Being a Single Mother is Difficult,
Even for Insects
In the animal world, parenting is generally not a team thing. Rearing
offspring is frequently left to the mother. But there are exceptions.
Mothers and fathers of many bird species share the duties of feeding offspring.
Some bird fathers-to-be even contribute to incubating eggs.
Males of a few other organisms also help raise junior. Some male fish
guard the nest where the eggs are deposited. One insect, a giant water
bug, carries the eggs on his back until they hatch. Not willingly, however.
That system is based on a female catching a male and gluing the eggs to
his back. She doesn't even care if it is the father. Any male she can
catch is given the job.
Most insects don't provide the slightest bit of child care. The kids
are on their own as soon as they hatch. Social insects are an exception.
Ants, termites and some bees and wasps take good care of their children.
These insects provide what is known as brood care. They feed the young
throughout their immature lives.
In most instances, brood care among the social insects is provided by
a worker caste. These workers are aptly named, for they provide the labor
in the colony. One of their major jobs is that of nursemaid for the baby
insects. In permanent colonies of social insects, such as the termites,
ants and the honey bees, there are always workers in the colony.
There are other social insect colonies that are not permanent. Such colonies
exist only during the growing season. The familiar bumble bee has an annual
colony. So do all of the social wasps, such as yellow jackets and bald-faced
hornets. Social insect colonies, which exist only for a single season,
are started each year by a single mother. That mother is a mated queen
that has spent the winter in hibernation.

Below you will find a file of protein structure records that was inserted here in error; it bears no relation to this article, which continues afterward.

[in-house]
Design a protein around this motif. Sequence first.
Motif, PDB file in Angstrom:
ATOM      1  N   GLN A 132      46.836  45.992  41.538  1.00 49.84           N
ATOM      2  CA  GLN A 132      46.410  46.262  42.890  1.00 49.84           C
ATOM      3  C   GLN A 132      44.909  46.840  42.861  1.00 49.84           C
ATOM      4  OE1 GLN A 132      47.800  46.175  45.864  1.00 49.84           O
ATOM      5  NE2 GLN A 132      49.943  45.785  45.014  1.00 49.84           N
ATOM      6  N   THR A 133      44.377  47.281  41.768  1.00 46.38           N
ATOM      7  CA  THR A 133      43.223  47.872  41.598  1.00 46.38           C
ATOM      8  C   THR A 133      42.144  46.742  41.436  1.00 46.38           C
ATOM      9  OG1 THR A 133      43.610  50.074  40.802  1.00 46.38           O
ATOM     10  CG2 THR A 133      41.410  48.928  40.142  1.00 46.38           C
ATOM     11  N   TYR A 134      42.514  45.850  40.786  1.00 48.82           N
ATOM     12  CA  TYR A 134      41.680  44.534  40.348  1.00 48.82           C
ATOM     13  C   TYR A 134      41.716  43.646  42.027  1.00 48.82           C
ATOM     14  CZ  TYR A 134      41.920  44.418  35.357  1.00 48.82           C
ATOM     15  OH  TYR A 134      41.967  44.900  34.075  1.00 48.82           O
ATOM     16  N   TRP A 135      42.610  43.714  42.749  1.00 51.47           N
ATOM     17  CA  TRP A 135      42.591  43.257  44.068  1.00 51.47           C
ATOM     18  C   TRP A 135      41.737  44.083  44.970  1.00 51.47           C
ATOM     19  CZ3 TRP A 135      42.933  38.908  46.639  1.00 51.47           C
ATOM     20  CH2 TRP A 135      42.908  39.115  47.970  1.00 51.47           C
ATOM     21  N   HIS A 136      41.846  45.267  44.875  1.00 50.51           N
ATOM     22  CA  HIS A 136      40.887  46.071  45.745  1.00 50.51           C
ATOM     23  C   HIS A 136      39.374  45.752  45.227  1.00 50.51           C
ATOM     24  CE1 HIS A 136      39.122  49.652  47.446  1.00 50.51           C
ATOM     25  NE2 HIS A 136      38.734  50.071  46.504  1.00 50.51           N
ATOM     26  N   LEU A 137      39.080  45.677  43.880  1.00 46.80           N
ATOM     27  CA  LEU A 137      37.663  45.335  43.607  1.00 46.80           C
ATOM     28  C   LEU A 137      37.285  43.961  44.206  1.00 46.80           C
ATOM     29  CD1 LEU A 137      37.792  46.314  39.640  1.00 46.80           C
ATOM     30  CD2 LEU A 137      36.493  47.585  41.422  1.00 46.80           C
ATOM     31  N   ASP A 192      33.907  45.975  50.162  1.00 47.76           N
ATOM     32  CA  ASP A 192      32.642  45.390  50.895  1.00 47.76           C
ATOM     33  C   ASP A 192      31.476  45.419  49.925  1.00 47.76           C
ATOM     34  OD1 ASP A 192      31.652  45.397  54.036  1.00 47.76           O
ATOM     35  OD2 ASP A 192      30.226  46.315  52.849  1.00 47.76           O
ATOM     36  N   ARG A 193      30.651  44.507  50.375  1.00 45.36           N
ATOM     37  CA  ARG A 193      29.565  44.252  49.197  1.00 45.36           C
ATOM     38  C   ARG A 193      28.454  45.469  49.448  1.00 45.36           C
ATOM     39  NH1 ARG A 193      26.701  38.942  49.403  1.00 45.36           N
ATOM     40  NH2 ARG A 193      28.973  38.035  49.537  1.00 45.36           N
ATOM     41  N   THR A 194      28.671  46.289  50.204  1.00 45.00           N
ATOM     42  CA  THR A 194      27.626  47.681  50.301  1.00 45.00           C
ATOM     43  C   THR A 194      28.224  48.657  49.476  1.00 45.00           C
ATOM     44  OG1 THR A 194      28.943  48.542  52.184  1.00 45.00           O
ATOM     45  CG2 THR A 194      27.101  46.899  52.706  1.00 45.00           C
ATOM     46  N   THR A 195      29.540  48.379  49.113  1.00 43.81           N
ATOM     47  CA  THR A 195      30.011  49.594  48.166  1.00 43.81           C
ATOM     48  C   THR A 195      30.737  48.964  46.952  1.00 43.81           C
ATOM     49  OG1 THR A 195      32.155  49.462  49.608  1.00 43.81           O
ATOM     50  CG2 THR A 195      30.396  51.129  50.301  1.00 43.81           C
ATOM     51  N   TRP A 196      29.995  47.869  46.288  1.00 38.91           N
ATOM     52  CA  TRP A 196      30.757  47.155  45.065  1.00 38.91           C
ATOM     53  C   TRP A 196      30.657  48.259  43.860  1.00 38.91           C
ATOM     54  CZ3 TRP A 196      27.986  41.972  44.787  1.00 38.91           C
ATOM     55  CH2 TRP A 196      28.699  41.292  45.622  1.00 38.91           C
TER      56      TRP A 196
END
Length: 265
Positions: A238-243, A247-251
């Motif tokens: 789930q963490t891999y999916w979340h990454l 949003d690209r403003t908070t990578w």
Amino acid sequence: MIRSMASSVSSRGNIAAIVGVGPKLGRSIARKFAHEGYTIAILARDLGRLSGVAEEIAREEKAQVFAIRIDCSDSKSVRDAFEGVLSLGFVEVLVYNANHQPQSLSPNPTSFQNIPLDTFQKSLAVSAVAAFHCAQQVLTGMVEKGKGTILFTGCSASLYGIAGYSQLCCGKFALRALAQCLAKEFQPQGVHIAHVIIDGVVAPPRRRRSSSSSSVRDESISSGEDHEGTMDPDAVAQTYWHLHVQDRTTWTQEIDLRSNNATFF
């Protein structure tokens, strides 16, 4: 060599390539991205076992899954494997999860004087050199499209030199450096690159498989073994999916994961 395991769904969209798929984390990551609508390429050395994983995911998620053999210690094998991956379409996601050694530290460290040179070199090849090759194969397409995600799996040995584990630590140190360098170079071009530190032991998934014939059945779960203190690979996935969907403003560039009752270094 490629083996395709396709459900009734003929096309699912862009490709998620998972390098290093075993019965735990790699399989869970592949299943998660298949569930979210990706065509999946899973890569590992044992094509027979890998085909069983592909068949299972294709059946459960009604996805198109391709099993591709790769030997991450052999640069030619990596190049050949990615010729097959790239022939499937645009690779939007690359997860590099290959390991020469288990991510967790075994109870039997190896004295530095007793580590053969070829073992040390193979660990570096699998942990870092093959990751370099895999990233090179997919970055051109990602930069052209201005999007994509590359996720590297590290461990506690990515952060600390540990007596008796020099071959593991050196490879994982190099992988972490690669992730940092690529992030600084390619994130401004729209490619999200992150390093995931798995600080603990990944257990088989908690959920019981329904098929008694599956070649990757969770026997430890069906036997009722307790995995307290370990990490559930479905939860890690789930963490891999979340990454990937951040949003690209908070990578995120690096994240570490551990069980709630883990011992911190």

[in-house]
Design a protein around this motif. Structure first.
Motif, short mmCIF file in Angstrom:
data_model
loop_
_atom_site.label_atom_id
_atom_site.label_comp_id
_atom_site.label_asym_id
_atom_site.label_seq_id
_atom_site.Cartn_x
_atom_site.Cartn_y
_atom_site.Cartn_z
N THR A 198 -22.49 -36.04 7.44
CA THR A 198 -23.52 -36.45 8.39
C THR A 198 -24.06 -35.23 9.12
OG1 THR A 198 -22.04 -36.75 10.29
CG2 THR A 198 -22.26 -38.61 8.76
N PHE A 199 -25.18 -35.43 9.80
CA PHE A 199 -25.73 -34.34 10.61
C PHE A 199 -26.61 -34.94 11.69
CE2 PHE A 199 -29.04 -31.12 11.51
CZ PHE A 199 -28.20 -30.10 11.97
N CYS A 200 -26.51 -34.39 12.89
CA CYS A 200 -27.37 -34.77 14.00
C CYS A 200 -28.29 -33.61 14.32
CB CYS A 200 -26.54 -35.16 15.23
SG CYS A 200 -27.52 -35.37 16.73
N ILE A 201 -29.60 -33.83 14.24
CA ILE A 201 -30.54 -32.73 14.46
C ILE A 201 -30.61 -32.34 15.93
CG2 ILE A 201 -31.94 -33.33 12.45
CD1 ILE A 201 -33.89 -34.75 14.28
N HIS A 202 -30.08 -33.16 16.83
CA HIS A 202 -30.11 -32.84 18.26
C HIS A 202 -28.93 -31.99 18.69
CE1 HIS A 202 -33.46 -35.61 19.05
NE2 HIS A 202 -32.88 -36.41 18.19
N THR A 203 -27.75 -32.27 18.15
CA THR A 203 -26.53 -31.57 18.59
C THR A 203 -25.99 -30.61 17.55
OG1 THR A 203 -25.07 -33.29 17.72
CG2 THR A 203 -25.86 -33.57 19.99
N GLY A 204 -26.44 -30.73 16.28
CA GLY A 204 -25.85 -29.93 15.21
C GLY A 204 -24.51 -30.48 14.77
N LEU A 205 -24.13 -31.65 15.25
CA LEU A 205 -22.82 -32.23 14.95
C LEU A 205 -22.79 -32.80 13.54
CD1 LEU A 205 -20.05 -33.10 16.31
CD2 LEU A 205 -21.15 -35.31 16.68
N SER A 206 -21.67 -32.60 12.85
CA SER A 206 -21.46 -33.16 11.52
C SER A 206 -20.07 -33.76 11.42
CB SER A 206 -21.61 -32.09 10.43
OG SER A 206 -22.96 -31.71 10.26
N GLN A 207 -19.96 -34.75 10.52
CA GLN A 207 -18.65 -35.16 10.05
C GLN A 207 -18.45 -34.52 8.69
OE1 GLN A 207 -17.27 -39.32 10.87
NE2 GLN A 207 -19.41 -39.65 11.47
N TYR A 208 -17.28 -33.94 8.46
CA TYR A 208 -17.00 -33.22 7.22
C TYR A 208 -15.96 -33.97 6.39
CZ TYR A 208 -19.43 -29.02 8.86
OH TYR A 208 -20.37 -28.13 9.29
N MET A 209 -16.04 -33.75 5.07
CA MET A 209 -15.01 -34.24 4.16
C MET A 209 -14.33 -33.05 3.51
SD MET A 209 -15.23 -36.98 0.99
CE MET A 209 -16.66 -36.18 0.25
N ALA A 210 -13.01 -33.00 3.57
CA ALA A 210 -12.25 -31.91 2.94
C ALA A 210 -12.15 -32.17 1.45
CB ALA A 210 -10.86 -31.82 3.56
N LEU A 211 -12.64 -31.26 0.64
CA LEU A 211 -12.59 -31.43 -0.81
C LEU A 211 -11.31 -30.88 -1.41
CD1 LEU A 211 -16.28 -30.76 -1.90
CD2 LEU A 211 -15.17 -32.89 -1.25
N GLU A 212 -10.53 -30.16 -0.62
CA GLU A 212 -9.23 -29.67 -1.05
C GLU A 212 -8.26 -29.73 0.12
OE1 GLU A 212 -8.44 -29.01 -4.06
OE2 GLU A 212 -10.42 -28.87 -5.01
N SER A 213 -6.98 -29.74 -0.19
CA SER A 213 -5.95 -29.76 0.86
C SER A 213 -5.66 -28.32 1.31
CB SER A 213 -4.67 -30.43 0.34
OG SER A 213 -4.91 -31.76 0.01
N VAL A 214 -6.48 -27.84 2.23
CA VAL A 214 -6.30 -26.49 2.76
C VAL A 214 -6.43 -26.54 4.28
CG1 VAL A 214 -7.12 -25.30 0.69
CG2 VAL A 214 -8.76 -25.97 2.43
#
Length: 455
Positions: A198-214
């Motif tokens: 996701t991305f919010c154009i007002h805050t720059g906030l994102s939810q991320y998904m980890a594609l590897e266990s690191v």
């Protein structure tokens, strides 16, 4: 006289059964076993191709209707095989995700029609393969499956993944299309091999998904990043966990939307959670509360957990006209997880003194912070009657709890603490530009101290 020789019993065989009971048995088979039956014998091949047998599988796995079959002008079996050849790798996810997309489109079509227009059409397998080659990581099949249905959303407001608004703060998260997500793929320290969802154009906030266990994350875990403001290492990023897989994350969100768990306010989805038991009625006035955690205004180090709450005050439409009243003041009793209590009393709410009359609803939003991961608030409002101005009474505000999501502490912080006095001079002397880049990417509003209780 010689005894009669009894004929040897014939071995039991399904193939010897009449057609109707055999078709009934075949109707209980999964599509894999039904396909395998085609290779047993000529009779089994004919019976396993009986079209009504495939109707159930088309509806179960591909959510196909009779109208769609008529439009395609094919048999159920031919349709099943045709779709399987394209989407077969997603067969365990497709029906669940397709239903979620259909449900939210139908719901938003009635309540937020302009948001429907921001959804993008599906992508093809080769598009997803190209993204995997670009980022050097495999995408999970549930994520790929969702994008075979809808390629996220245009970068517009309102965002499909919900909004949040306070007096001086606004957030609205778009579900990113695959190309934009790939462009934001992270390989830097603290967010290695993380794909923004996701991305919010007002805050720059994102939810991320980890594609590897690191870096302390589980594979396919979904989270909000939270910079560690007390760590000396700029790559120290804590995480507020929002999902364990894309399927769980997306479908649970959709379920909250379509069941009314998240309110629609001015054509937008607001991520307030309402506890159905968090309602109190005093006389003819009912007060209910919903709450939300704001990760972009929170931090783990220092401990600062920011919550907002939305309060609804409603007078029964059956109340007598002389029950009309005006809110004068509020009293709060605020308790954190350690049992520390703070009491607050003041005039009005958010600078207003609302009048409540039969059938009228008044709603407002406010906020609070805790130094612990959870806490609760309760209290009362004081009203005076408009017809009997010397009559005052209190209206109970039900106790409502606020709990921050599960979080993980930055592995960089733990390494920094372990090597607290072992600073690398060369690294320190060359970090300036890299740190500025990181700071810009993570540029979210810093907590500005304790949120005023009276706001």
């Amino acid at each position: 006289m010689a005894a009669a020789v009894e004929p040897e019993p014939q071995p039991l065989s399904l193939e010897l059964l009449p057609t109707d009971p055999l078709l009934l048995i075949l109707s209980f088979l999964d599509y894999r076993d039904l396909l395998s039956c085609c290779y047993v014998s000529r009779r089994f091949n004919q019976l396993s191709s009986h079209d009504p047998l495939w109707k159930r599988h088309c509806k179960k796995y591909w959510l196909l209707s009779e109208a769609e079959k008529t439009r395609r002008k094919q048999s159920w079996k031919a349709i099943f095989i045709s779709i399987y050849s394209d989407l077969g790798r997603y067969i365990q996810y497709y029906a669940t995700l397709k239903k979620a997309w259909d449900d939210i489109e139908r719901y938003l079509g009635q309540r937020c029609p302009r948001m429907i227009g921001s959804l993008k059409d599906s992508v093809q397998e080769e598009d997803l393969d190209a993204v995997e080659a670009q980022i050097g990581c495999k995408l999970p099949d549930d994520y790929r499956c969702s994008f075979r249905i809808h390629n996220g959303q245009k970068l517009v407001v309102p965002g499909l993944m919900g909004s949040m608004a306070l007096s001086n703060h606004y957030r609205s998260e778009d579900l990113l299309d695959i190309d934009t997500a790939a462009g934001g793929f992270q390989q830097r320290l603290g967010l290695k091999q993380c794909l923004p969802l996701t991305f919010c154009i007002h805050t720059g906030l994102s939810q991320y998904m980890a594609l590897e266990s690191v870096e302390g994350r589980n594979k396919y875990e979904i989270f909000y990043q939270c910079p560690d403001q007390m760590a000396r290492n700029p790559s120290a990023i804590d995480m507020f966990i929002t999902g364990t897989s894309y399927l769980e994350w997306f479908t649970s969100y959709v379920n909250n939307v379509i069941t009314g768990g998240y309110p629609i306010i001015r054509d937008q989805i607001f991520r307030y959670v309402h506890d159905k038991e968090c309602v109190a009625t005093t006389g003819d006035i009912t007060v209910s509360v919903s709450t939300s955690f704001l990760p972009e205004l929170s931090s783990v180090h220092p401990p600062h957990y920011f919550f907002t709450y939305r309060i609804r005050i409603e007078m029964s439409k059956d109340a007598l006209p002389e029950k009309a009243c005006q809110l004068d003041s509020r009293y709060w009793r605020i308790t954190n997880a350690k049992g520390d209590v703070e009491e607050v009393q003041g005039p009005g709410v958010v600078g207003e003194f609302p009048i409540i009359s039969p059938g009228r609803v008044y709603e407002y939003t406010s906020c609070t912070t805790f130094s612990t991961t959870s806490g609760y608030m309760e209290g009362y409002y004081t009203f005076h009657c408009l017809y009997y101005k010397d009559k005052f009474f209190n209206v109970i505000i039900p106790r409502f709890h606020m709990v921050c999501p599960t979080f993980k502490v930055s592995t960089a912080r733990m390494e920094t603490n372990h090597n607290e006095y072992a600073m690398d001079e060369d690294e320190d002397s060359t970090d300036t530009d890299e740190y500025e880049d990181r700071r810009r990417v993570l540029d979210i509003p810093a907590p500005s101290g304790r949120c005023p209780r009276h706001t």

It is not easy being a single mother, either for humans or for social
insect queens. Here's how it works in the insect world. First, the mother-to-be
must find a suitable home. If she is an ant queen that emerged from an
ant hill, she searches for a nice place to get into the soil. Once the
queen ant finds an acceptable location, she chews off her wings. The wings
functioned during the mating flight and finding a home but will just be
in the way in the close quarters of an underground ant home. She uses
the energy provided by absorbing the wing muscles to produce enough food
to feed the first few larvae. Once the larvae become ants, they will begin
to gather food and feed the immatures. Then, the queen concentrates on
A queen bumble bee that overwinters also flies around in the spring looking
for a protected place to raise a family. The right place could be in a
straw pile, behind a stack of wood, in a wall void or even an abandoned
mouse nest. Like the ant, she will also lay a few eggs. The queen bumble
bee will then collect pollen and nectar to feed her first-hatched kids.
She doesn't do a very good job of child rearing and doesn't feed them
the best; they turn out stunted. That is why many of the first bumble
bees of spring appear small. Once the stunted, first few bees take over
the child-rearing activities, the quality of the food increases, and the
better-fed bees emerge larger.
Social wasps are much like bumble bees in the way the nest is established.
The mated queens spend the winter hidden in the leaf litter of the forest.
Come spring, they seek out sites to start construction of their paper
nests. Yellow jackets build their nest in the ground, while bald-faced
hornets attach their nests to limbs of trees. Paper wasps prefer a nest
site located under the eves of buildings.
Regardless of the location, the new mother does all of the work raising
the first few offspring. And, then, she turns it over to the eldest children.
That's kind of the way it works in large human families -- the bigger
kids take care of the little ones!